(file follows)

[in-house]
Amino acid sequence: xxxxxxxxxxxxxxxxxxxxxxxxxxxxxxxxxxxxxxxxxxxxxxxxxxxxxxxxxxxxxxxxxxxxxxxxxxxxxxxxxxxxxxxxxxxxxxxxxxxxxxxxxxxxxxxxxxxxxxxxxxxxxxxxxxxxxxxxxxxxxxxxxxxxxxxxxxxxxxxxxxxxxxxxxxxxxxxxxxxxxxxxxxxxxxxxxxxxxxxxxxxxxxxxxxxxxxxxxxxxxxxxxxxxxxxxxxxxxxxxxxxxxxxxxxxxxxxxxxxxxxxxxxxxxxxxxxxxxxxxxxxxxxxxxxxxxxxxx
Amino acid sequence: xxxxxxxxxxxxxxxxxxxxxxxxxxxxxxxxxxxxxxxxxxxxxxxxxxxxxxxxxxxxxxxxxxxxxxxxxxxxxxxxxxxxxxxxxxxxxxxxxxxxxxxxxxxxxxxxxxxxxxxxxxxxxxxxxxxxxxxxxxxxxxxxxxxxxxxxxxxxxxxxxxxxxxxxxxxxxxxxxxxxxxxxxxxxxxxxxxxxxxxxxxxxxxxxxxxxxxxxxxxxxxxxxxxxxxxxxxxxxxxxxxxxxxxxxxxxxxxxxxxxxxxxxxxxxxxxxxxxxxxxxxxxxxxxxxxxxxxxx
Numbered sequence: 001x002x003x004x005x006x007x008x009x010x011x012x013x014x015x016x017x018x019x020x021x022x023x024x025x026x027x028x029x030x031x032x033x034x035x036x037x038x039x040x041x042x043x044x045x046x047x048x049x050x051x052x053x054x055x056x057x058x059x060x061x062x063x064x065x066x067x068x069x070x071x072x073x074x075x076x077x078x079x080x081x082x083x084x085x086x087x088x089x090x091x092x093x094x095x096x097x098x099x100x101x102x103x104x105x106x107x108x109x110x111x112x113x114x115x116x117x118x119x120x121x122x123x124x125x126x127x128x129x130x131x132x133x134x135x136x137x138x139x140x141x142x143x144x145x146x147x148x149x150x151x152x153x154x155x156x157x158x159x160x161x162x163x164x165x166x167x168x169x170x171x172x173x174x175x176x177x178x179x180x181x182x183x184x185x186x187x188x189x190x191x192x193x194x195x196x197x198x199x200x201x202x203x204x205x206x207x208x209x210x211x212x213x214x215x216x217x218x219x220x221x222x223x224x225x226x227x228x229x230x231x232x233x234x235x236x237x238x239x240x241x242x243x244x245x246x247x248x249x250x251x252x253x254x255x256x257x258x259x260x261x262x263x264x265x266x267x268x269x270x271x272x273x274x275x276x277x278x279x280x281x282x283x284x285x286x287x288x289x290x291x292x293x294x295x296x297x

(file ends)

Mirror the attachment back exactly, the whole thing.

[in-house]
Amino acid sequence: xxxxxxxxxxxxxxxxxxxxxxxxxxxxxxxxxxxxxxxxxxxxxxxxxxxxxxxxxxxxxxxxxxxxxxxxxxxxxxxxxxxxxxxxxxxxxxxxxxxxxxxxxxxxxxxxxxxxxxxxxxxxxxxxxxxxxxxxxxxxxxxxxxxxxxxxxxxxxxxxxxxxxxxxxxxxxxxxxxxxxxxxxxxxxxxxxxxxxxxxxxxxxxxxxxxxxxxxxxxxxxxxxxxxxxxxxxxxxxxxxxxxxxxxxxxxxxxxxxxxxxxxxxxxxxxxxxxxxxxxxxxxxxxxxxxxxxxxx
Amino acid sequence: xxxxxxxxxxxxxxxxxxxxxxxxxxxxxxxxxxxxxxxxxxxxxxxxxxxxxxxxxxxxxxxxxxxxxxxxxxxxxxxxxxxxxxxxxxxxxxxxxxxxxxxxxxxxxxxxxxxxxxxxxxxxxxxxxxxxxxxxxxxxxxxxxxxxxxxxxxxxxxxxxxxxxxxxxxxxxxxxxxxxxxxxxxxxxxxxxxxxxxxxxxxxxxxxxxxxxxxxxxxxxxxxxxxxxxxxxxxxxxxxxxxxxxxxxxxxxxxxxxxxxxxxxxxxxxxxxxxxxxxxxxxxxxxxxxxxxxxxx
Numbered sequence: 001x002x003x004x005x006x007x008x009x010x011x012x013x014x015x016x017x018x019x020x021x022x023x024x025x026x027x028x029x030x031x032x033x034x035x036x037x038x039x040x041x042x043x044x045x046x047x048x049x050x051x052x053x054x055x056x057x058x059x060x061x062x063x064x065x066x067x068x069x070x071x072x073x074x075x076x077x078x079x080x081x082x083x084x085x086x087x088x089x090x091x092x093x094x095x096x097x098x099x100x101x102x103x104x105x106x107x108x109x110x111x112x113x114x115x116x117x118x119x120x121x122x123x124x125x126x127x128x129x130x131x132x133x134x135x136x137x138x139x140x141x142x143x144x145x146x147x148x149x150x151x152x153x154x155x156x157x158x159x160x161x162x163x164x165x166x167x168x169x170x171x172x173x174x175x176x177x178x179x180x181x182x183x184x185x186x187x188x189x190x191x192x193x194x195x196x197x198x199x200x201x202x203x204x205x206x207x208x209x210x211x212x213x214x215x216x217x218x219x220x221x222x223x224x225x226x227x228x229x230x231x232x233x234x235x236x237x238x239x240x241x242x243x244x245x246x247x248x249x250x251x252x253x254x255x256x257x258x259x260x261x262x263x264x265x266x267x268x269x270x271x272x273x274x275x276x277x278x279x280x281x282x283x284x285x286x287x288x289x290x291x292x293x294x295x296x297x